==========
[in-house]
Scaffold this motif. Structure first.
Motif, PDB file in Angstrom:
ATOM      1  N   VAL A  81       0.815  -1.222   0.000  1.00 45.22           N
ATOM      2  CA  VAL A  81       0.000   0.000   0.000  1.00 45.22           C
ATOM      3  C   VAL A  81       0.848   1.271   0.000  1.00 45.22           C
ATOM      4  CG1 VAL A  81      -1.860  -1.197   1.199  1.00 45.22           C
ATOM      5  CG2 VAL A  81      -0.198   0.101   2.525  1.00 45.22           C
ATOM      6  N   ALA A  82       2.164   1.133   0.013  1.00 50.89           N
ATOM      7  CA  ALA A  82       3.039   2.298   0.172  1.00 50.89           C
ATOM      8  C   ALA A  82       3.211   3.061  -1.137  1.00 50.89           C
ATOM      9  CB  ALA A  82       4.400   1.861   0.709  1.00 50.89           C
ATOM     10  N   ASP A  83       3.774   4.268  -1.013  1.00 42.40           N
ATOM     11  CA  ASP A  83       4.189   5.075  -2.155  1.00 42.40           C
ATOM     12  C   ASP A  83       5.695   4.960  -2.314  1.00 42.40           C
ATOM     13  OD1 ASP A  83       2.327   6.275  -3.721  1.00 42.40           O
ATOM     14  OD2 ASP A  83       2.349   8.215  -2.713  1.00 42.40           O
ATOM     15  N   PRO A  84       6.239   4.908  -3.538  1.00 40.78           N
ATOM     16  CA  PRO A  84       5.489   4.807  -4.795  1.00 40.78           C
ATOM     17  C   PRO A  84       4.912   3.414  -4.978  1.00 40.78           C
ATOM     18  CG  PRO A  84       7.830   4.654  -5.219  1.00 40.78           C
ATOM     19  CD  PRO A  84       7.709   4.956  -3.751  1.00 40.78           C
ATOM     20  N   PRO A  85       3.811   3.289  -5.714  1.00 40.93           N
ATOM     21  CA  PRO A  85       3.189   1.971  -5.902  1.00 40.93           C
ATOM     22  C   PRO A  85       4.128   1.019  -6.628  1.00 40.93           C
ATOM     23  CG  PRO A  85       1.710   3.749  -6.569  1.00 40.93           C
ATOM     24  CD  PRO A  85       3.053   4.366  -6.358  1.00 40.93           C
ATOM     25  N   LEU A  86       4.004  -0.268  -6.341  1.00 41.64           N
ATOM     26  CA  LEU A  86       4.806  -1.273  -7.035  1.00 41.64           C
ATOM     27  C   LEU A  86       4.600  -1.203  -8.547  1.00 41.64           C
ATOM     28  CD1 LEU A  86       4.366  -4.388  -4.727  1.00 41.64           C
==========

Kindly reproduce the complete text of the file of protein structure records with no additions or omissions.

[in-house]
Scaffold this motif. Structure first.
Motif, PDB file in Angstrom:
ATOM      1  N   VAL A  81       0.815  -1.222   0.000  1.00 45.22           N
ATOM      2  CA  VAL A  81       0.000   0.000   0.000  1.00 45.22           C
ATOM      3  C   VAL A  81       0.848   1.271   0.000  1.00 45.22           C
ATOM      4  CG1 VAL A  81      -1.860  -1.197   1.199  1.00 45.22           C
ATOM      5  CG2 VAL A  81      -0.198   0.101   2.525  1.00 45.22           C
ATOM      6  N   ALA A  82       2.164   1.133   0.013  1.00 50.89           N
ATOM      7  CA  ALA A  82       3.039   2.298   0.172  1.00 50.89           C
ATOM      8  C   ALA A  82       3.211   3.061  -1.137  1.00 50.89           C
ATOM      9  CB  ALA A  82       4.400   1.861   0.709  1.00 50.89           C
ATOM     10  N   ASP A  83       3.774   4.268  -1.013  1.00 42.40           N
ATOM     11  CA  ASP A  83       4.189   5.075  -2.155  1.00 42.40           C
ATOM     12  C   ASP A  83       5.695   4.960  -2.314  1.00 42.40           C
ATOM     13  OD1 ASP A  83       2.327   6.275  -3.721  1.00 42.40           O
ATOM     14  OD2 ASP A  83       2.349   8.215  -2.713  1.00 42.40           O
ATOM     15  N   PRO A  84       6.239   4.908  -3.538  1.00 40.78           N
ATOM     16  CA  PRO A  84       5.489   4.807  -4.795  1.00 40.78           C
ATOM     17  C   PRO A  84       4.912   3.414  -4.978  1.00 40.78           C
ATOM     18  CG  PRO A  84       7.830   4.654  -5.219  1.00 40.78           C
ATOM     19  CD  PRO A  84       7.709   4.956  -3.751  1.00 40.78           C
ATOM     20  N   PRO A  85       3.811   3.289  -5.714  1.00 40.93           N
ATOM     21  CA  PRO A  85       3.189   1.971  -5.902  1.00 40.93           C
ATOM     22  C   PRO A  85       4.128   1.019  -6.628  1.00 40.93           C
ATOM     23  CG  PRO A  85       1.710   3.749  -6.569  1.00 40.93           C
ATOM     24  CD  PRO A  85       3.053   4.366  -6.358  1.00 40.93           C
ATOM     25  N   LEU A  86       4.004  -0.268  -6.341  1.00 41.64           N
ATOM     26  CA  LEU A  86       4.806  -1.273  -7.035  1.00 41.64           C
ATOM     27  C   LEU A  86       4.600  -1.203  -8.547  1.00 41.64           C
ATOM     28  CD1 LEU A  86       4.366  -4.388  -4.727  1.00 41.64           C